Like every MLB team, the Dodgers will have a shortstop in 2023. Unlike about 25 teams, though, we have no idea who that shortstop will be for Los Angeles. They have internal options like Gavin Lux, Chris Taylor, or even Jacob Amaya, and there are trade possibilities like Willy Adames. And, of course, there are still two big free agents on the board in Dansby Swanson and Carlos Correa.
There have been reports that L.A. won’t be in on Correa because of his role on the 2017 Astros who cheated to steal the World Series from the Dodgers. But on MLB Network’s Intentional Talk, analyst and former big leaguer Kevin Millar thinks Correa and the Dodgers are a good fit.
In a segment they called “Carlito’s Way,” Adnan Virk asked Kevin Millar which “Carlito” — Carlos Rodon or Correa — would fit in better with the Dodgers.
“It’s hard because Rodon fits everywhere. You could put him on every team we’re gonna talk about. But I will tell you this: Correa fits in with the Dodgers. They need— I mean, Trea Turner, he was the man, my dad’s a Dodger fan, he wanted him to come back, if anybody. But at the end of the day, Carlos Correa’s the guy that would fit in nice with the Dodgers lineup. Bellinger’s gone, we know he had a little off-year but he’s on a one-year deal with the Cubbies. But now you’re looking at Trea Turner with the Phils, Correa slots right in. So that Carlito fits well, in my opinion, with that Dodger blue. And I don’t want to hear any Dodger fans talking about ’17, stop. Stop with that nonsense.”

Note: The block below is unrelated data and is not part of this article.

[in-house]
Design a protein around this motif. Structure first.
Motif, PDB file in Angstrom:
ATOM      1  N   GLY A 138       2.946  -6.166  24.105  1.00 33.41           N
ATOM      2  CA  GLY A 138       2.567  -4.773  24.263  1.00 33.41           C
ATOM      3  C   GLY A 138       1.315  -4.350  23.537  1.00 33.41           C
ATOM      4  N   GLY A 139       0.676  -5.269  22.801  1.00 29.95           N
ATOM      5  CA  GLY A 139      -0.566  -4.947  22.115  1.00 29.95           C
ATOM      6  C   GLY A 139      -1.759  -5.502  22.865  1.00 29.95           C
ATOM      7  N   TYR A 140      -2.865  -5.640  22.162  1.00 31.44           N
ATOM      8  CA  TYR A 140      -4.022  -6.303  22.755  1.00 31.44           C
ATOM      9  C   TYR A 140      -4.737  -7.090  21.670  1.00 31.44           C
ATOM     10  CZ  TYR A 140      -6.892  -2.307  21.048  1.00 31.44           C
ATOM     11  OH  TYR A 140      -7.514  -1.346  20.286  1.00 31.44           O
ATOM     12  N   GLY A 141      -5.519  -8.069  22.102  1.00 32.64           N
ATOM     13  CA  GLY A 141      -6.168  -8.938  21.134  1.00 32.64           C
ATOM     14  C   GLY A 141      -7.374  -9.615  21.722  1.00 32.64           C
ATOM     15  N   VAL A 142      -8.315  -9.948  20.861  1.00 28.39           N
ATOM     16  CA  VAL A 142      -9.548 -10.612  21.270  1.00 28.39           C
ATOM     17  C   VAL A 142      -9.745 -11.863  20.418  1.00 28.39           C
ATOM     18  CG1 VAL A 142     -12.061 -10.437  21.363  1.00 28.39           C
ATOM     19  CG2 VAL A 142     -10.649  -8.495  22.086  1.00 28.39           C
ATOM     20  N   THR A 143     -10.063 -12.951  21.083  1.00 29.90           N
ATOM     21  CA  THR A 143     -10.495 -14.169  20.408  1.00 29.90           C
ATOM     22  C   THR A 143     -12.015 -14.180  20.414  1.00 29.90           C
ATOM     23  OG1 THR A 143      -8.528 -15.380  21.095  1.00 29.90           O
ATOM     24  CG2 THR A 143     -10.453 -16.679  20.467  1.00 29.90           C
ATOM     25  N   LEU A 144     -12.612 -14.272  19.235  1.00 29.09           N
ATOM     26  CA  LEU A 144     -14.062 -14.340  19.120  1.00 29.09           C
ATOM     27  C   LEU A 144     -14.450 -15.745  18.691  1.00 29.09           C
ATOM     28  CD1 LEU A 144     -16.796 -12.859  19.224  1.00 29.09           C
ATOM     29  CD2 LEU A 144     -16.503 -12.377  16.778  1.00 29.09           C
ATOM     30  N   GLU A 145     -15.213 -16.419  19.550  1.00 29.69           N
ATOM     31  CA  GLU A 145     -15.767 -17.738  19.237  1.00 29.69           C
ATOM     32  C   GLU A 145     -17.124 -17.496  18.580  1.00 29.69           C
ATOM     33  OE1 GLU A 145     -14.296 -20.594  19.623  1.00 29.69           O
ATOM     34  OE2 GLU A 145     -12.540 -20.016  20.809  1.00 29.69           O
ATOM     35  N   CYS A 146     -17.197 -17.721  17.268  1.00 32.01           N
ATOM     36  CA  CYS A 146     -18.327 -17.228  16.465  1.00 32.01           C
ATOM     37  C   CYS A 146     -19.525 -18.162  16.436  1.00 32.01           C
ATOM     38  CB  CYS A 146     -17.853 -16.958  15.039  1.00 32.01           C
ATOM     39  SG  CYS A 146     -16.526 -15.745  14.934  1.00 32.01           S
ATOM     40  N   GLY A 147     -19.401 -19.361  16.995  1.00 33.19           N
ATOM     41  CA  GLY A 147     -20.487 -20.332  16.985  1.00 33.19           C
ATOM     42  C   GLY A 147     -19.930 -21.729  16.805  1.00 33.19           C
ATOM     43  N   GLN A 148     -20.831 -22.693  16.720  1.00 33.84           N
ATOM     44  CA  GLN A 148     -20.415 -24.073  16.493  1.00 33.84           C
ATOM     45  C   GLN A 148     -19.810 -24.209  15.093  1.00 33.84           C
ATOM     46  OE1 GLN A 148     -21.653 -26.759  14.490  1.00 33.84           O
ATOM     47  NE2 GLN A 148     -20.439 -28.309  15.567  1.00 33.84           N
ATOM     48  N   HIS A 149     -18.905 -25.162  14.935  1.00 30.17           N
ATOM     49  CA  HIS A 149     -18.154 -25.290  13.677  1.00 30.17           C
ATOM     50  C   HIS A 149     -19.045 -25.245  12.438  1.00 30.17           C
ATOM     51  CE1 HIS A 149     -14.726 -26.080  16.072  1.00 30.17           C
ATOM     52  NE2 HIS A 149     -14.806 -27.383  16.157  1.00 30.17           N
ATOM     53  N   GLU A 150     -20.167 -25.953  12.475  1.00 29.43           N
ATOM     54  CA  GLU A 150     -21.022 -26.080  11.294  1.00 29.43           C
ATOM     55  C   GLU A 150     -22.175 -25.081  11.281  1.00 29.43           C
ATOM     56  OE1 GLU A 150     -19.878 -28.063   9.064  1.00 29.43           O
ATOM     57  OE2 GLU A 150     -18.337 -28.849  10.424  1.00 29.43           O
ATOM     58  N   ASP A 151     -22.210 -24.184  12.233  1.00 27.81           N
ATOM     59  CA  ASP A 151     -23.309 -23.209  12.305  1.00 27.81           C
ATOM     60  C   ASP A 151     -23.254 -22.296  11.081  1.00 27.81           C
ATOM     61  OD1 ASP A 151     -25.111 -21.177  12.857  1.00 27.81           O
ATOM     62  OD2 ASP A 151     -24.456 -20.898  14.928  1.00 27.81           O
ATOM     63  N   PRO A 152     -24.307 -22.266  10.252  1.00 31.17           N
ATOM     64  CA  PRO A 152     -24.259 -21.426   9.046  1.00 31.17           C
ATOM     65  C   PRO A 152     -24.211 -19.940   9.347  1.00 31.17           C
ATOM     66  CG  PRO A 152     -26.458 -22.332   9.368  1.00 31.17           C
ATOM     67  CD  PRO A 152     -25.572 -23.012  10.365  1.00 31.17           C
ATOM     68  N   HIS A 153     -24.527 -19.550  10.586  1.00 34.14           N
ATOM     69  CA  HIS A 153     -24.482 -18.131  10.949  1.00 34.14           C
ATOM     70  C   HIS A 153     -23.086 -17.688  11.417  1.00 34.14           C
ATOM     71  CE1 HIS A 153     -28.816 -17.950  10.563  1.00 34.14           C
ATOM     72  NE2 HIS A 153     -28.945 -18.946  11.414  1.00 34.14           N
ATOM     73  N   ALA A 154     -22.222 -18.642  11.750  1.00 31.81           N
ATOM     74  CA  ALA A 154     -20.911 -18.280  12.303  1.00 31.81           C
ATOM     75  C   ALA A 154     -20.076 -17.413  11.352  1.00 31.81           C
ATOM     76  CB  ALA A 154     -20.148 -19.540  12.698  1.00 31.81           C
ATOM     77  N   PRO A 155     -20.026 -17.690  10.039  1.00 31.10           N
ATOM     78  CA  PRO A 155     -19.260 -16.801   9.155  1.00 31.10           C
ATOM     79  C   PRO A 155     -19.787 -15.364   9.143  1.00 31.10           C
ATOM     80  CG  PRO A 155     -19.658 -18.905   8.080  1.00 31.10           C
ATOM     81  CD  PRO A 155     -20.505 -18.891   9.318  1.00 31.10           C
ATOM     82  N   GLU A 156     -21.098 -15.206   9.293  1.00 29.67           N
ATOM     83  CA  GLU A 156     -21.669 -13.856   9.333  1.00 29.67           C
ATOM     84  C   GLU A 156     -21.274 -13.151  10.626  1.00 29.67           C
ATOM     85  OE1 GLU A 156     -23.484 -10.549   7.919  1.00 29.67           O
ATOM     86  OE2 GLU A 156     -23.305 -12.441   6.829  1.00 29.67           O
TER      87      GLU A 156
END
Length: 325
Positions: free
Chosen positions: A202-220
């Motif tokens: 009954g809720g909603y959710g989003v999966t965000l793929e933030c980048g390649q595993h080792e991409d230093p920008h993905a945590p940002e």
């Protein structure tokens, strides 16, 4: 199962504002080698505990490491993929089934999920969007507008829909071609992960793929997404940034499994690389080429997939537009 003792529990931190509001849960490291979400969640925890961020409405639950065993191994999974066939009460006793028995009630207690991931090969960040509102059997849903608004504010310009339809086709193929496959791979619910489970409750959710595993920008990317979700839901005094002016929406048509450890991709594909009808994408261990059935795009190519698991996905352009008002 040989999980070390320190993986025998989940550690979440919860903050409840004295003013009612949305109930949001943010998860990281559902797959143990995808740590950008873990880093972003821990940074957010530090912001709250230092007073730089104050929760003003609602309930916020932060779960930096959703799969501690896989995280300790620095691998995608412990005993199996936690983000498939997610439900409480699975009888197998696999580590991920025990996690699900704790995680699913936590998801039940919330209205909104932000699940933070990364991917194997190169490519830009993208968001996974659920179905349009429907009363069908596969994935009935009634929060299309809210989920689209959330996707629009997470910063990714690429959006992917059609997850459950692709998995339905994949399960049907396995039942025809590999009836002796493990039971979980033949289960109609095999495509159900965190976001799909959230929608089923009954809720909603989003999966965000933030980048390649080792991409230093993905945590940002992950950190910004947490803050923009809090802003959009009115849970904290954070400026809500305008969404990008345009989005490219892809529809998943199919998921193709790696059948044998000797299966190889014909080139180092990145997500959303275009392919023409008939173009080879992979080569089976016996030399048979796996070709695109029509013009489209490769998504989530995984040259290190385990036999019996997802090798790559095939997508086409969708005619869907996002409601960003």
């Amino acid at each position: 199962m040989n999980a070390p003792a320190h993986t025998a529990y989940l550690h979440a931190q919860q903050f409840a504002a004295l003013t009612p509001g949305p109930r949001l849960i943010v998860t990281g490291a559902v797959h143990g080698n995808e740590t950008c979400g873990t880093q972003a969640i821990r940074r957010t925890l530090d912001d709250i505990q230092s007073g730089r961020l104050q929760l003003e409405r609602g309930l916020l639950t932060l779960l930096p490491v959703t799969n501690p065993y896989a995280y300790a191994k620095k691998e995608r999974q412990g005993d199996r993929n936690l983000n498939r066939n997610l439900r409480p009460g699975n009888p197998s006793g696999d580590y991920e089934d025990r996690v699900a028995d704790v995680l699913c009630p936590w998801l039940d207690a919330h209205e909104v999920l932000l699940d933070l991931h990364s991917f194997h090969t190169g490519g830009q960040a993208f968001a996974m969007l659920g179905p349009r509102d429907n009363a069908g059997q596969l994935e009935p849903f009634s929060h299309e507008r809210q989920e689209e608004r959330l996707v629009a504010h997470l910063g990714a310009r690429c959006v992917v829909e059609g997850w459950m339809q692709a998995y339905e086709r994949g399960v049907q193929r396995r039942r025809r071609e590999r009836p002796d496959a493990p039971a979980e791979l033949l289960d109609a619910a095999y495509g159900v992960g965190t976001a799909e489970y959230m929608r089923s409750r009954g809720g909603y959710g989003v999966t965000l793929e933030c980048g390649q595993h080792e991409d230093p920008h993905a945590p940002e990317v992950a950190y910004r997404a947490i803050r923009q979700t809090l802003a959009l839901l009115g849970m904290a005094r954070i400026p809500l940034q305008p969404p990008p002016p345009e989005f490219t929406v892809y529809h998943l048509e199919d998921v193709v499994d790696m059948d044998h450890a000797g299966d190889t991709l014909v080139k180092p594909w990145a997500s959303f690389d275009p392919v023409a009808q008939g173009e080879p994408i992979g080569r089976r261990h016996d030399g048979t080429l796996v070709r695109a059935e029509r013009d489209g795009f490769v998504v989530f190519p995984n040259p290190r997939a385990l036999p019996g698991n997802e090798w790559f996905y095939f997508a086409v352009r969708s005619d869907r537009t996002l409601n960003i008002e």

Carlos Rodón and Carlos Correa are two of the top free agents still on the market.
— Intentional Talk (@IntentionalTalk) December 12, 2022
Millar laughingly dismisses the concerns about Correa being part of the cheaters, and while there are legitimate concerns from a lot of fans, he’s probably right to assume all that really matters is how well he plays on the field. Millar knows about this firsthand a little bit — during the players’ strike in 1994-95, Millar was a replacement player and was therefore barred from membership in the union throughout his 12-year big-league career when he made the majors three years later. He understands that while some people hold grudges, most people only care if you can help a team win a World Series, which Millar did with the Red Sox in 2004.
There’s no question Correa would be a great fit for the Dodgers from a baseball standpoint. The only question is whether the front office will pull the trigger and make a deal.
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